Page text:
We performed a similar procedure for 3-body interactions, with stratification by both principal and minor (lowest bp span) loops. In this case, the proportion of specific median coverage fractions exceeding the corresponding non-specific coverage was significantly elevated in 25 of 39 ( 64.1%) modeled loci (FDR <0.05, see the “Methods” section).

Overall, we find that after controlling for genomic distance, our many-body predictions are concordant with SPRITE clusters such that specific many-bodies generally exhibit elevated SPRITE coverage over the corresponding class of non-specific many bodies. More details can be found in Additional file 1: Supplementary Information.

Specific 3-body complexes are enriched in direct interactions among functional genomic regions

Our 3-D chromatin ensembles contain rich structural information. Despite the strong effects of nuclear confinement and genomic connectivity that likely induce many bystander proximity ligations (Fig. 1a) [21, 22], our model can identify specific many-body interactions. Figure 6 provides an overview of our findings for specific 3-body interactions across the 39 super-enhancer containing loci. While functional genomic regions (i.e., super-enhancers, enhancers, and promoters) participate in both specific and non-specific 3-body interactions, the proportion of interactions with no known functional associations is markedly increased for non-specific (33±3% SEM, Fig. 6a) compared to specific (19±2% SEM, Fig. 6c) 3-body interactions. Further, the medians of non-specific vs. specific 3-body interactions without functional associations (31% and 17% respectively) are significantly different (p value =4.5×10−5 by Mann-Whitney Utest, Additional file 1: Figure S6a).

Fig. 6
figure6

Functional landscape of 3-body chromatin interactions. Pie (a, c) and corresponding sunburst (b, d) charts for the proportion of specific (bottom) and non-specific (top) 3-body interactions involving the functional genomic regions of super-enhancer (SE), enhancer (E), and promoter (P). The innermost ring of the sunburst charts (b, d) are the same as the corresponding pie charts of (a, c), with outer rings representing the sub-fractions of interacting partners with SE, E, or P functional associations. Gaps in the sunburst charts represent the fractions of interacting partners with no known SE, E, or P annotation. Here, 3-body interactions are not required to be maximal and can be part of a larger many-body complex where all regions are within 80 nm. Plots shown are the averages across all 39 modeled genomic loci

Functional landscape of specific 3-body complexes shows interactions among super-enhancers and promoters

The functional landscape of 3-body spatial interactions is shown in Fig. 6b and d. We observe a higher proportion of specific 3-body interactions involving multiple (≥2) super-enhancers directly co-interacting with promoters, when compared to non-specific 3-body interactions (approximately 5.5±0.6% SEM vs. 1.2±0.3% SEM respectively, with p value =1×10−8 by Mann-Whitney Utest on the corresponding medians of 4.5% and 0.8%, respectively, Additional file 1: Figure S6b). Similarly, we observe a slightly higher proportion of specific 3-body interactions with at least 3 distinct super-enhancers relative to non-specific 3-body interactions (approximately 1.2±0.4% SEM vs. 0.2±0.1% SEM respectively at p value =8.4×10−5 by Mann-Whitney Utest on the corresponding medians of 0.5% and 0.0% respectively, Additional file 1: Figure S6c).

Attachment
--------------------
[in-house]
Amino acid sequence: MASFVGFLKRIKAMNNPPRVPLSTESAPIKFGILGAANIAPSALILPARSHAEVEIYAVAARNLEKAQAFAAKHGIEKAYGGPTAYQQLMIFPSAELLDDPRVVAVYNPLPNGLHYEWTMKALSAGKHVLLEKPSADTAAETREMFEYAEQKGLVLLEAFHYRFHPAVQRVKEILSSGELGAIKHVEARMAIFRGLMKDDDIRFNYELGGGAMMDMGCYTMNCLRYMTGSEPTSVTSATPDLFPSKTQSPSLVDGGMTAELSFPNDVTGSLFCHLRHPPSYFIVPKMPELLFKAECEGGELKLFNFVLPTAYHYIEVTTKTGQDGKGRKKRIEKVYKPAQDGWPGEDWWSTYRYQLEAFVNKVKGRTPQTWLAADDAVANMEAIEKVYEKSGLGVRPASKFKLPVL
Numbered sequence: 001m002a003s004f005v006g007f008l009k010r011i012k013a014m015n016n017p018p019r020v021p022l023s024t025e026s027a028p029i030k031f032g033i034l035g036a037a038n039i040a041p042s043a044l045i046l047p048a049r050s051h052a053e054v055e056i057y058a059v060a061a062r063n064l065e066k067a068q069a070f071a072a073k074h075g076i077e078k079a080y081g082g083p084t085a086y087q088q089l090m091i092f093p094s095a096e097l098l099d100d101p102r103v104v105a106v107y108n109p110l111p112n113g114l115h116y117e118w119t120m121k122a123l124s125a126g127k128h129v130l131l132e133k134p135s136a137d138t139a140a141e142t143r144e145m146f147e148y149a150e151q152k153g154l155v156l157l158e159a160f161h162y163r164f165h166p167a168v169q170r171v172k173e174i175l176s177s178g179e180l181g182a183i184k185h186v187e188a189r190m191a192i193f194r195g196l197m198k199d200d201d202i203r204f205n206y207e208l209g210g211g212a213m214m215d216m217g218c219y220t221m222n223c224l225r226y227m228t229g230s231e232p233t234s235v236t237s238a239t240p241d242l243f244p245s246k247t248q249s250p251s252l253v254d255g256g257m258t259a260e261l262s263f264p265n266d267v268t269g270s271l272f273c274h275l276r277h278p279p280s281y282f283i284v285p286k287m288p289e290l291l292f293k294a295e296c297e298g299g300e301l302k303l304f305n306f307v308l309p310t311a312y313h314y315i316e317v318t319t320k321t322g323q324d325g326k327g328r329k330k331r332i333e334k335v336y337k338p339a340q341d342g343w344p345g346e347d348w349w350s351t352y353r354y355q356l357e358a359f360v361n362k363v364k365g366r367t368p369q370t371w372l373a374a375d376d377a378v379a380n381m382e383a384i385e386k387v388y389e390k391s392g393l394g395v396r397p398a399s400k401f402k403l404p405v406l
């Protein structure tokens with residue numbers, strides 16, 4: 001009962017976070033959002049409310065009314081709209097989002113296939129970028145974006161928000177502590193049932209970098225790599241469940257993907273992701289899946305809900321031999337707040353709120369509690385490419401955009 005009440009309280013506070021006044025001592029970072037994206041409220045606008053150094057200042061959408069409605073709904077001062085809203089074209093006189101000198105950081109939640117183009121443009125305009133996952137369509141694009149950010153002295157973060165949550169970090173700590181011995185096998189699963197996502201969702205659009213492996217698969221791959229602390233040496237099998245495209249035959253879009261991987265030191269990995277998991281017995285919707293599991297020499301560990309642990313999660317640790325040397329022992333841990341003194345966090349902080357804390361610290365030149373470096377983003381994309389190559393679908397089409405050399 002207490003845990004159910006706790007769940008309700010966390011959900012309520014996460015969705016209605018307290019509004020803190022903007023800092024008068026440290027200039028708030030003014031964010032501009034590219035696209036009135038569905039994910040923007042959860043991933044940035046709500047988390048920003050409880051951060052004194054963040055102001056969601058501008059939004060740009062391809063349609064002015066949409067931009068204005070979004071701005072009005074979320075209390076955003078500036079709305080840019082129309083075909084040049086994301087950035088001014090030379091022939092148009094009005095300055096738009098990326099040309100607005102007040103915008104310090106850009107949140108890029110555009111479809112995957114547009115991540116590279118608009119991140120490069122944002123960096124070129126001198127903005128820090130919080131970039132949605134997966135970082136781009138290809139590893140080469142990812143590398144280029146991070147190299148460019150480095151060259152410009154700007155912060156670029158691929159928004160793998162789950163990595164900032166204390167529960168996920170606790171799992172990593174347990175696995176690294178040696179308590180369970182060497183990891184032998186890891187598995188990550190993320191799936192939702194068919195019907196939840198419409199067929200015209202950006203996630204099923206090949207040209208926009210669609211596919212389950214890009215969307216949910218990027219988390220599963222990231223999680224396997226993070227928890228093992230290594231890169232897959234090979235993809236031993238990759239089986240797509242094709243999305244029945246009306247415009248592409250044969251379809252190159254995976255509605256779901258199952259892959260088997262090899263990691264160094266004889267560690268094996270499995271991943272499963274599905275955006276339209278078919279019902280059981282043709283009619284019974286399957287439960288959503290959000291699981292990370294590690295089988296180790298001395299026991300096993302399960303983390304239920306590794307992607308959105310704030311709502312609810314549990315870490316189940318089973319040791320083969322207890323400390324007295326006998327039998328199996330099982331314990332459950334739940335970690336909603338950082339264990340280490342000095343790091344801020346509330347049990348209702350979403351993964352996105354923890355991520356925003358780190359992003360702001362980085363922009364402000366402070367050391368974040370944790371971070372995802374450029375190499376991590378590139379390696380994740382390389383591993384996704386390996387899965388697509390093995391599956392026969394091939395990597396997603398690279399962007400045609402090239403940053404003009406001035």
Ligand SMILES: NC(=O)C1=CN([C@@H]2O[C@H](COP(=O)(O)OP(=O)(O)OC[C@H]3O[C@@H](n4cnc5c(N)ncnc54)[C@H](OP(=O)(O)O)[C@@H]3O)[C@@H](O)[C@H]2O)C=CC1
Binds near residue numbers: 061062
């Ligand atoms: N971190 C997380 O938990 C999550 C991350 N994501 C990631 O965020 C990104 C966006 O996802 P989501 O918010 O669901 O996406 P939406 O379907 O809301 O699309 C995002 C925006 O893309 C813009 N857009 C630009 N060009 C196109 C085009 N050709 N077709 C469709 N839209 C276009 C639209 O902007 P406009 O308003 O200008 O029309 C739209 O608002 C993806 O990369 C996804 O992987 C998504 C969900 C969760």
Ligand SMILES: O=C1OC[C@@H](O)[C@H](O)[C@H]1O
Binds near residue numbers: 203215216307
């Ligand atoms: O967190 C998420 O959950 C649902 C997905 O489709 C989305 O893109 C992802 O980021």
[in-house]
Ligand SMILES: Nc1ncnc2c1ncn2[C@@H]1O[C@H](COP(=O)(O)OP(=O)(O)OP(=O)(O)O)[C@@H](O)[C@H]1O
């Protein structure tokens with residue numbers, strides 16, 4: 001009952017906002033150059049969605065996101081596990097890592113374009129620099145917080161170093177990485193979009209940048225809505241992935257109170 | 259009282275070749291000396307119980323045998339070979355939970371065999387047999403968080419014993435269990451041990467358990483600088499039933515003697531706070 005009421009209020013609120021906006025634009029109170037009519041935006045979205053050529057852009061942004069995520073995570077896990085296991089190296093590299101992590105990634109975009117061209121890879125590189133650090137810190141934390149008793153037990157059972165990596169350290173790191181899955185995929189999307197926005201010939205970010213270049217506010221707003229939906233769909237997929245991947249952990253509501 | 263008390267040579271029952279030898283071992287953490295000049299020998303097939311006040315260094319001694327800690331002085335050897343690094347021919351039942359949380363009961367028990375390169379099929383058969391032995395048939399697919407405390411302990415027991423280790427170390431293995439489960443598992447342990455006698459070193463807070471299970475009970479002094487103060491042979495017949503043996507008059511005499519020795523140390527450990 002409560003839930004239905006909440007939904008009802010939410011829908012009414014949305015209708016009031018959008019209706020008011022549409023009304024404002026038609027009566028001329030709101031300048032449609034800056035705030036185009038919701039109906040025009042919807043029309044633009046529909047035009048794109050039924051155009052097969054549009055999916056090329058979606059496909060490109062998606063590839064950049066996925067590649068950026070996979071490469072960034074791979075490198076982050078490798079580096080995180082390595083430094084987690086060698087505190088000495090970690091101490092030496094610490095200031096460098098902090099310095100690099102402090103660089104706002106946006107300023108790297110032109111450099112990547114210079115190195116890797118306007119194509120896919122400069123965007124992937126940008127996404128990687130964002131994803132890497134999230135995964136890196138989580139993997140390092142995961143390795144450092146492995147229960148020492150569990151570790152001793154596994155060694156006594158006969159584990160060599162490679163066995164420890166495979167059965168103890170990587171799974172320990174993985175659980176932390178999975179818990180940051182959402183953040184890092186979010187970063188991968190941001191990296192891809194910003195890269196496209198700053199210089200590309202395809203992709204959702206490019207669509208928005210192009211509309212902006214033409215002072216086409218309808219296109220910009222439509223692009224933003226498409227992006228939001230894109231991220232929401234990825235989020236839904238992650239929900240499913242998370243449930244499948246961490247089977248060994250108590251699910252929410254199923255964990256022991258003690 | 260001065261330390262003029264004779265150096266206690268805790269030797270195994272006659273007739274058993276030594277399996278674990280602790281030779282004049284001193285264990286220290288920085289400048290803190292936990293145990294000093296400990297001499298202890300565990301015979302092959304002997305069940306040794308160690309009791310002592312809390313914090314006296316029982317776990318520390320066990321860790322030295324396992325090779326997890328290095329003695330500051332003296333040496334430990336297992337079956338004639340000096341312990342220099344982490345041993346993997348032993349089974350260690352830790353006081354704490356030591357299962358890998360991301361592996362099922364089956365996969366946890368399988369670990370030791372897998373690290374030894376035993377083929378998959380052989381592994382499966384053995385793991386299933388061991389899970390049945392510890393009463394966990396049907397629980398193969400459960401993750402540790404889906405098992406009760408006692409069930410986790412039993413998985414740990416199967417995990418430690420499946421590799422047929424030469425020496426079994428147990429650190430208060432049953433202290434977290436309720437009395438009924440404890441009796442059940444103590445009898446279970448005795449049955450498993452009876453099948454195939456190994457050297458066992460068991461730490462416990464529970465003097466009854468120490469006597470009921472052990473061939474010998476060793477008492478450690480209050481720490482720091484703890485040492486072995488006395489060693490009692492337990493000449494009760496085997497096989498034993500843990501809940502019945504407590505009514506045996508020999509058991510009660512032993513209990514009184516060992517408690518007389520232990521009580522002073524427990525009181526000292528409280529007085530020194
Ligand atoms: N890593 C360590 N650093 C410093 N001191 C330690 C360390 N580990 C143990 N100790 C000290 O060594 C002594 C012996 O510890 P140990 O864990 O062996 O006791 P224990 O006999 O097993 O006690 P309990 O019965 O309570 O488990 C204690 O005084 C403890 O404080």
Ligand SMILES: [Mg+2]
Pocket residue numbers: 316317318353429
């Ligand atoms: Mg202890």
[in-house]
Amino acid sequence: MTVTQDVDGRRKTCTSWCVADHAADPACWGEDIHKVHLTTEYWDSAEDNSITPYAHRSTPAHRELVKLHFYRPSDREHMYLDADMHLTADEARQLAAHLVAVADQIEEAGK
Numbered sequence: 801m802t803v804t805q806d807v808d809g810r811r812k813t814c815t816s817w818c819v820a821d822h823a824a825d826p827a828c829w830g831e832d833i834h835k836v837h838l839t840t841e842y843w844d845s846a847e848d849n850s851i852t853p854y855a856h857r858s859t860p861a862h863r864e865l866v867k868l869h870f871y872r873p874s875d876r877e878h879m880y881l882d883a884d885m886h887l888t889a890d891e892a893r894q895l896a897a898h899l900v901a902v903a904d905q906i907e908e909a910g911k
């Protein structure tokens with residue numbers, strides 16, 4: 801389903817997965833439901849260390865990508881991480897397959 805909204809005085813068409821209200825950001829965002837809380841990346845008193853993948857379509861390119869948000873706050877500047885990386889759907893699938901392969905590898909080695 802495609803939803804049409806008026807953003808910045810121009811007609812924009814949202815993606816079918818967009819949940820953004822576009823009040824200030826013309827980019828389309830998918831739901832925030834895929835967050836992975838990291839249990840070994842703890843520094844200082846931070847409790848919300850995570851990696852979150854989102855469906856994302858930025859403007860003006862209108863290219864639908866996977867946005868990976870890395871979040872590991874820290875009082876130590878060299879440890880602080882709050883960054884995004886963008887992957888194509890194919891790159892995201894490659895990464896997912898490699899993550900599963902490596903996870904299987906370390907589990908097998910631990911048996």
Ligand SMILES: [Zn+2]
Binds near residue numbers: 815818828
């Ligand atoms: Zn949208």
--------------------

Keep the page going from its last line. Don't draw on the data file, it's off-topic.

Functional landscape of maximal 4- and 5-body complexes shows specific principal loops bridging super-enhancers

Our high-resolution 3-D chromatin ensembles also contain information on maximal higher-order many-body interactions. Figure 7 provides an overview of the functional landscape of maximal k-body complexes (k≥3) among the 39 SE-associated loci. Here a maximal k-body complex is defined such that it cannot be extended to form a fully interacting k+1 or higher complex; this is unlike the 3-body complexes depicted in Fig. 6, which may be part of still higher-order (k≥4) fully interacting complexes. These maximal many-body complexes are grouped together by principal loop, namely, the longest genomic span in base pairs within each k-body interaction.

Fig. 7
figure7

Functional landscape of principal loops in many-body chromatin interactions. A principal loop is the longest loop (in bp) among chromatin regions forming a many-body (≥3) interaction, where all pairs of bodies (i.e., chromatin regions) forming the interaction are within ≤80 nm Euclidean distance [47]. The pie (a, c) and innermost ring of the sunburst (b, d) plots both show the proportion of specific (bottom) and non-specific (top) principal loops within maximal 3-, 4-, 5-, or ≥6-body interactions; the 2 outer rings(b, d) show the corresponding fraction of principal loops with functional annotations—super-enhancer (SE), enhancer (E), promoter (P)—where gaps represent the fractions of principal loop regions with no known SE, E, or P annotation. Only maximal many-body interactions are represented, i.e., no other chromatin region exists within the interaction distance such that all pairs are within 80 nm. Plots shown are the averages across all 39 modeled genomic loci